Silk-cut is the embedment of silks in ruptured areas on tips of kernels or occasionally in the sides of kernels between kernel rows.
Unknown, but may be caused by irregular growth of the pericarp around unpollinated silks. Even on an ear that appears to be fully pollinated, as many as 10% of the ovules are not fertilized. Pollinated silks die and dry up, but silks attached to unpollinated ovules remain viable for an extended period of time. The viable silks push against the developing pericarp of kernels, causing the pericarp to rupture. Silk-cut results in the rupture of the pericarp and may allow infection by ear-rotting and saprophytic fungi. This kernel defect is often discussed in conjunction with popped kernels. Associated with stressful conditions following pollination. Silk cut is generally regarded as an oddity that rarely occurs in commercial hybrids in the Corn Belt and occasionally occurs at significant levels in seed corn inbreds. However, silk-cut symptoms have been reported quite frequently in areas of south Texas prone to late-season drought stress.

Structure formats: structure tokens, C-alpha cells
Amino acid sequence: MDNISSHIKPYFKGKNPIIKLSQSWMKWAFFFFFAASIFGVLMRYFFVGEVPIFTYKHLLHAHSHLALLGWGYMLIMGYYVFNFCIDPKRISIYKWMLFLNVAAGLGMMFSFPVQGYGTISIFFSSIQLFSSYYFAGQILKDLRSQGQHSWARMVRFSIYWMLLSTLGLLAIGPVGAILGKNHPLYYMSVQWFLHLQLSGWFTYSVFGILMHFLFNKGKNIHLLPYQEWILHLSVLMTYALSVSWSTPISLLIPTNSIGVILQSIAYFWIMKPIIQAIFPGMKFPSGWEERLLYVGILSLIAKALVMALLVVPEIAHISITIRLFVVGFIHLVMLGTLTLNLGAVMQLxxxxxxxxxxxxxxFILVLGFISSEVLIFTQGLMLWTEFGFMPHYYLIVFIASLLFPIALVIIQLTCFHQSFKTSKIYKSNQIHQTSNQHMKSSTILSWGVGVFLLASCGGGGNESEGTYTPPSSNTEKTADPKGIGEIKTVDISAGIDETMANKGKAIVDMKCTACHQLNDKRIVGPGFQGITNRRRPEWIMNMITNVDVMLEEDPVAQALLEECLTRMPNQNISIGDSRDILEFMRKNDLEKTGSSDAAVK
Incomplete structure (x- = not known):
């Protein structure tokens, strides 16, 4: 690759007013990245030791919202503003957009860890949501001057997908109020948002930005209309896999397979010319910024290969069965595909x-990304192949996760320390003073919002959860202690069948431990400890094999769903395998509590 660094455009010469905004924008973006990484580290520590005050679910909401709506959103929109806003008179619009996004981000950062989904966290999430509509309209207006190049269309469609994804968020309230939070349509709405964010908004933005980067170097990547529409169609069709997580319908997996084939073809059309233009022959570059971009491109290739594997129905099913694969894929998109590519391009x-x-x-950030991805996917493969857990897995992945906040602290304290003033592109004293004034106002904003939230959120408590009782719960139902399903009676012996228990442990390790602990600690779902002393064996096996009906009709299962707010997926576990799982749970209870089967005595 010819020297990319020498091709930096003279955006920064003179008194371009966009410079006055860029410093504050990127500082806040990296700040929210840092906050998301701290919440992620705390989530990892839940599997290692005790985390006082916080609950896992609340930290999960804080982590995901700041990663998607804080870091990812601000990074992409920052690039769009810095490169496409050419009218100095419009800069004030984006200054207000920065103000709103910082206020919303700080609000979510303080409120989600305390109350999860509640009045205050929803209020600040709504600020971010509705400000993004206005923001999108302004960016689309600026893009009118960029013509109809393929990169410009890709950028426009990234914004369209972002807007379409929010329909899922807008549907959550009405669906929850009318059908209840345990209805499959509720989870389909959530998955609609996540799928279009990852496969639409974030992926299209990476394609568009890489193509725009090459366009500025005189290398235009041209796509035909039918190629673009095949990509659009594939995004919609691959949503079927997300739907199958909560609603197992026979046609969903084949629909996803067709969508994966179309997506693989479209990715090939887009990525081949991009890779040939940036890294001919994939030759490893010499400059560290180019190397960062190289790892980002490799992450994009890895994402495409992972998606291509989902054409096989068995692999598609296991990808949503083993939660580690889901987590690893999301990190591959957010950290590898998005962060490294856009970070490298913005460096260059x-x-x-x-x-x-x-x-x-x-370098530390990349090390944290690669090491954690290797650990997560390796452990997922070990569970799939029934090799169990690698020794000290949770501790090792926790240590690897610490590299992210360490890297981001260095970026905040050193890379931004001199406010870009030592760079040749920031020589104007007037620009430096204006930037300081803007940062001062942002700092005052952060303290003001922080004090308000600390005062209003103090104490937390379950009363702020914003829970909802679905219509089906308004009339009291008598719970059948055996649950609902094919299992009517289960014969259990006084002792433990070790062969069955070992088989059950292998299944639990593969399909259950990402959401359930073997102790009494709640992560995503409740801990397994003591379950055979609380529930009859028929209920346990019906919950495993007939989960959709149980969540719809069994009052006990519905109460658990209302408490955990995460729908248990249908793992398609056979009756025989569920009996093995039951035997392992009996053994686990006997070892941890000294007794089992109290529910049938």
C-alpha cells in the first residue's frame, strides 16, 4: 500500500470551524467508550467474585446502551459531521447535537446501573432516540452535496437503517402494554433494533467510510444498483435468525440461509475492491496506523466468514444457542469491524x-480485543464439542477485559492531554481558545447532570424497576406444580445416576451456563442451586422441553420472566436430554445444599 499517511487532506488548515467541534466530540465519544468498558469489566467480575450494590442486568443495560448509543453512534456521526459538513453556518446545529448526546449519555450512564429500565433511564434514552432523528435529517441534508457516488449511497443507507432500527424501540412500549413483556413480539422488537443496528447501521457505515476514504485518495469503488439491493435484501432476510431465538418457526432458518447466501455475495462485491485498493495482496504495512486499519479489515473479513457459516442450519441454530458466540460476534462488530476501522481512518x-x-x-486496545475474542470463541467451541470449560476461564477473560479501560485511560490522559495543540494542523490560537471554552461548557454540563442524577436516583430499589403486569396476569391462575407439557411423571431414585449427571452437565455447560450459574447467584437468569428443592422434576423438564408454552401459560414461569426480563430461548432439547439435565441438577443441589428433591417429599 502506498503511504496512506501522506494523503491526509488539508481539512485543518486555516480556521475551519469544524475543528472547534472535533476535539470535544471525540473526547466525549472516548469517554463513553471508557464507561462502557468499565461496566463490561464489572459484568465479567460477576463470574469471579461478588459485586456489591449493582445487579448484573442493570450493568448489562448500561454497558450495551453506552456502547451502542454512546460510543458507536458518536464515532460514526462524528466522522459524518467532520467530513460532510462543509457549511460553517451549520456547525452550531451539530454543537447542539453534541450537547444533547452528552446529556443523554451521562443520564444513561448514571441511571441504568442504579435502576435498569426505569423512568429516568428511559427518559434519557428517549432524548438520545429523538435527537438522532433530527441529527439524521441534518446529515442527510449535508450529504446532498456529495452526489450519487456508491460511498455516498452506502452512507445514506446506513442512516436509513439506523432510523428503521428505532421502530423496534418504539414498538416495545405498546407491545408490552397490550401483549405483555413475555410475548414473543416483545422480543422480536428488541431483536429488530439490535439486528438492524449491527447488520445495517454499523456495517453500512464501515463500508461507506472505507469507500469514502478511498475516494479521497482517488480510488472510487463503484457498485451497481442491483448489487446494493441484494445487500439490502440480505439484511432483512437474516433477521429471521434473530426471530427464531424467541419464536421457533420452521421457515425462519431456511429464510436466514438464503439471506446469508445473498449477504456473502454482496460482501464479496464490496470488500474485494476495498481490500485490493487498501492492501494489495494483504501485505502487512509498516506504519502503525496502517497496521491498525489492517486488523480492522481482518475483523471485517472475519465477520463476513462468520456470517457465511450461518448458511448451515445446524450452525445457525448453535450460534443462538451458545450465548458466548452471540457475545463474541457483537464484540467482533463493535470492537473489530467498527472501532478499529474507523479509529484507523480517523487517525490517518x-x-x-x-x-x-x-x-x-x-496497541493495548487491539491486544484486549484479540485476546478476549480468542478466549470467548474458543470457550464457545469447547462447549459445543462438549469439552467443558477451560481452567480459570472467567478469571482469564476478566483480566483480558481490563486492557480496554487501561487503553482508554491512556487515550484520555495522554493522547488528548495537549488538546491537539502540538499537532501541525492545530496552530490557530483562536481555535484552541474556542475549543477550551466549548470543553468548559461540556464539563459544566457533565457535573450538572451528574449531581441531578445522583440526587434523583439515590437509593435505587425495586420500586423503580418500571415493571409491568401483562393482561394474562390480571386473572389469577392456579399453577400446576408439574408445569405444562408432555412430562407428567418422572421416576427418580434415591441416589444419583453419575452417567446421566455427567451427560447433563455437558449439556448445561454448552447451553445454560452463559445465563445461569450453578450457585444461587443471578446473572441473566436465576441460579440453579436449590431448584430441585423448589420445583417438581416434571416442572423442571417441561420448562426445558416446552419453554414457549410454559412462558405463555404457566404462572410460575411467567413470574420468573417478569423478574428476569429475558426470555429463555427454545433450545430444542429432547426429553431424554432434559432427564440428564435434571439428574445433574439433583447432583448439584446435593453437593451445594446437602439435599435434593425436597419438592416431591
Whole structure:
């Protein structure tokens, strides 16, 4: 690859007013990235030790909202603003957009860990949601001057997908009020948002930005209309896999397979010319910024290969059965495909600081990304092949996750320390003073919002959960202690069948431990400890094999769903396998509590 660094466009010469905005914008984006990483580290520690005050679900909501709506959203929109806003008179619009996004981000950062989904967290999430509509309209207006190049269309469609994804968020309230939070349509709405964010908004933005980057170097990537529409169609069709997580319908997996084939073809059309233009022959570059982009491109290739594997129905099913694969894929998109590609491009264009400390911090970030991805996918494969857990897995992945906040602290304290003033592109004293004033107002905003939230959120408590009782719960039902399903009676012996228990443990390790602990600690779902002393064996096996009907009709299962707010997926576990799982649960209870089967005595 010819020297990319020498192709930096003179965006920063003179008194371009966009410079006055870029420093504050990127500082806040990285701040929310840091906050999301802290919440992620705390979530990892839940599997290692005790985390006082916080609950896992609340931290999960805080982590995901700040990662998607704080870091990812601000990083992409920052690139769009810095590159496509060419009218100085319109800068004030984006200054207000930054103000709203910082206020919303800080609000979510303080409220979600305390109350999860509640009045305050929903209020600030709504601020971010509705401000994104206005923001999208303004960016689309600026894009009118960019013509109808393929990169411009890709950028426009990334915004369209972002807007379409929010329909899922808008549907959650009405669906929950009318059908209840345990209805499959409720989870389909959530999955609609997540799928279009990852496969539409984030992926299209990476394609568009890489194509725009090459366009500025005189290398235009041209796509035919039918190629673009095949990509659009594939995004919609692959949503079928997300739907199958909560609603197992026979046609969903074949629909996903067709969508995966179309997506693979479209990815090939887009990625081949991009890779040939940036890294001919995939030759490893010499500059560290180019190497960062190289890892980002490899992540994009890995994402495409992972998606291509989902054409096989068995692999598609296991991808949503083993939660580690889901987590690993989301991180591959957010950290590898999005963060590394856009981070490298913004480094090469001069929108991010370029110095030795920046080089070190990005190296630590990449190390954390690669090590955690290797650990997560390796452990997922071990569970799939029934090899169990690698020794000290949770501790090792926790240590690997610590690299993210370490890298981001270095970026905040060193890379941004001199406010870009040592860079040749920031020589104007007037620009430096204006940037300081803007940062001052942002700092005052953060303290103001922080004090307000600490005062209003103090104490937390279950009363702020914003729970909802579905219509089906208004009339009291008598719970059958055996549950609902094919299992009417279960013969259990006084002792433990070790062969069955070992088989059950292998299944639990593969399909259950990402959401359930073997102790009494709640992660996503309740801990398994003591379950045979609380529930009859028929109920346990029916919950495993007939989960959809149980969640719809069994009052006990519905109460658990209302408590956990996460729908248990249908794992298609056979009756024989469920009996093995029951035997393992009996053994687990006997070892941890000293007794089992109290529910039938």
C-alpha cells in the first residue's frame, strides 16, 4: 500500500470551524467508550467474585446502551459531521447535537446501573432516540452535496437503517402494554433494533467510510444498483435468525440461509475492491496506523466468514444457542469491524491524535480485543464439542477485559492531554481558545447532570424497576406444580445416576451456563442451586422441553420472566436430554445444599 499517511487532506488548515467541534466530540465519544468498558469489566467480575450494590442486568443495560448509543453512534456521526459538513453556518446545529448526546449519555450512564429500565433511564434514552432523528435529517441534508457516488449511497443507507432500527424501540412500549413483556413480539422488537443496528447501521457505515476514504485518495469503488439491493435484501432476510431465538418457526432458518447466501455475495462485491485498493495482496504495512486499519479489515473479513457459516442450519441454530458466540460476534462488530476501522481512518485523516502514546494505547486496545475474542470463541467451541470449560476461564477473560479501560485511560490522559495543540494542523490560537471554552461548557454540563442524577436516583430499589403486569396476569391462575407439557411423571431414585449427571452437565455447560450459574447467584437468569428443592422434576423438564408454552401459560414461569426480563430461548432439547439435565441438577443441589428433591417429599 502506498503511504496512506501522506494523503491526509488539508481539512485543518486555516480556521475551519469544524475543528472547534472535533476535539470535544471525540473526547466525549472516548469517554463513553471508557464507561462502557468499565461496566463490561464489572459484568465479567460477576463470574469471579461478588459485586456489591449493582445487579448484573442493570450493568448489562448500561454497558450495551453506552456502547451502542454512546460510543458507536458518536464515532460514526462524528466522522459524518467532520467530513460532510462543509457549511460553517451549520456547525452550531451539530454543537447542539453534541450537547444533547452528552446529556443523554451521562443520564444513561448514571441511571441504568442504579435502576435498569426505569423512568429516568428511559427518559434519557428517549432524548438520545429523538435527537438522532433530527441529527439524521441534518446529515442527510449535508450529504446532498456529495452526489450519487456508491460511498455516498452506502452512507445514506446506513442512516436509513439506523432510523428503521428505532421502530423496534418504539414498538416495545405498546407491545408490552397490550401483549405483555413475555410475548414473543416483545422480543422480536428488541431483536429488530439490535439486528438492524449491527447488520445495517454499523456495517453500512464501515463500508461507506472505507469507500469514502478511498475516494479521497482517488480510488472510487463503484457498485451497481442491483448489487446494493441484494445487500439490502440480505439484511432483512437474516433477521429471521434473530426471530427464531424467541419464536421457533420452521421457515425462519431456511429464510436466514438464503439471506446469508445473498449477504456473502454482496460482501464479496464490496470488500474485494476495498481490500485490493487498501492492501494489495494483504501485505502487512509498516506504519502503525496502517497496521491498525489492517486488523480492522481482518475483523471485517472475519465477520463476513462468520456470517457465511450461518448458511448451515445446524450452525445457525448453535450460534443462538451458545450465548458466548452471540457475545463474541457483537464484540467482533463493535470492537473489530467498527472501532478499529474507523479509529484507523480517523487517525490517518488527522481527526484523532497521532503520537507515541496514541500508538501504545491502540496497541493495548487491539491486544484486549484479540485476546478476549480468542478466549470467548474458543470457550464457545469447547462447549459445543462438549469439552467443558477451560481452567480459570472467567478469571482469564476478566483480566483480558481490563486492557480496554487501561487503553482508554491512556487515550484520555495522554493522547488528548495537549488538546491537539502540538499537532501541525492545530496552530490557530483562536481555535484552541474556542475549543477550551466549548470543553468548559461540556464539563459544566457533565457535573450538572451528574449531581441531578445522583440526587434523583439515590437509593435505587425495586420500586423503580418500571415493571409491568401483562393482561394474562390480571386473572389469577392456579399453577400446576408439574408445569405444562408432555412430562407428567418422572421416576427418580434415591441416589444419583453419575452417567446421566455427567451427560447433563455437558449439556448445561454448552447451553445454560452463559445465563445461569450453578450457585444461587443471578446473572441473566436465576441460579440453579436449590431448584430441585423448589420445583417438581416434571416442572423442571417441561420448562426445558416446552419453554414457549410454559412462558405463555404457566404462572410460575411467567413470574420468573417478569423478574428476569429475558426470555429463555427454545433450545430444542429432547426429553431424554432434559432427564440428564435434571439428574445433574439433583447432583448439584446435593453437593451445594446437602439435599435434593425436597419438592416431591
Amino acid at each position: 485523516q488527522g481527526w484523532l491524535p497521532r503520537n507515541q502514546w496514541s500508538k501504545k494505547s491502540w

Scout fields to determine the extent of this kernel injury. Harvest in a timely way and dry grain promptly. Provide good storage conditions. Market affected grain promptly. According to the Federal Grain Inspection Service, kernels which contain any amount of mold in the silk cut are damaged. Kernels which contain clean silk cuts and are otherwise undamaged are sound kernels.
Anonymous. 2002. Silk cut. USDA FGIS/Education and Outreach Visual Reference Library – Corn. Available at http://www.gipsa.usda.gov/vri/corn_8.aspx [URL verified 7/31/2018].
Nielsen, R.L. 2010. Popped Kernels and Silk Cut. Available at http://www.kingcorn.org/news/timeless/SilkCut.html [URL verified 7/31/2018].
Odvody, G.N., N. Spencer, and J. Remmers. 1997. A Description of Silk Cut, a Stress-Related Loss of Kernel Integrity in Preharvest Maize. Plant Disease 81 (5):439-444. Available at http://apsjournals.apsnet.org/doi/pdf/10.1094/PDIS.19126.96.36.1999 [URL verified 7/31/2018].
Vincelli, Paul, Chad Lee, and Ric Bessin. 2010. Some Unusual Kernel Injuries. Kentucky Pest News, Univ of Kentucky Extension.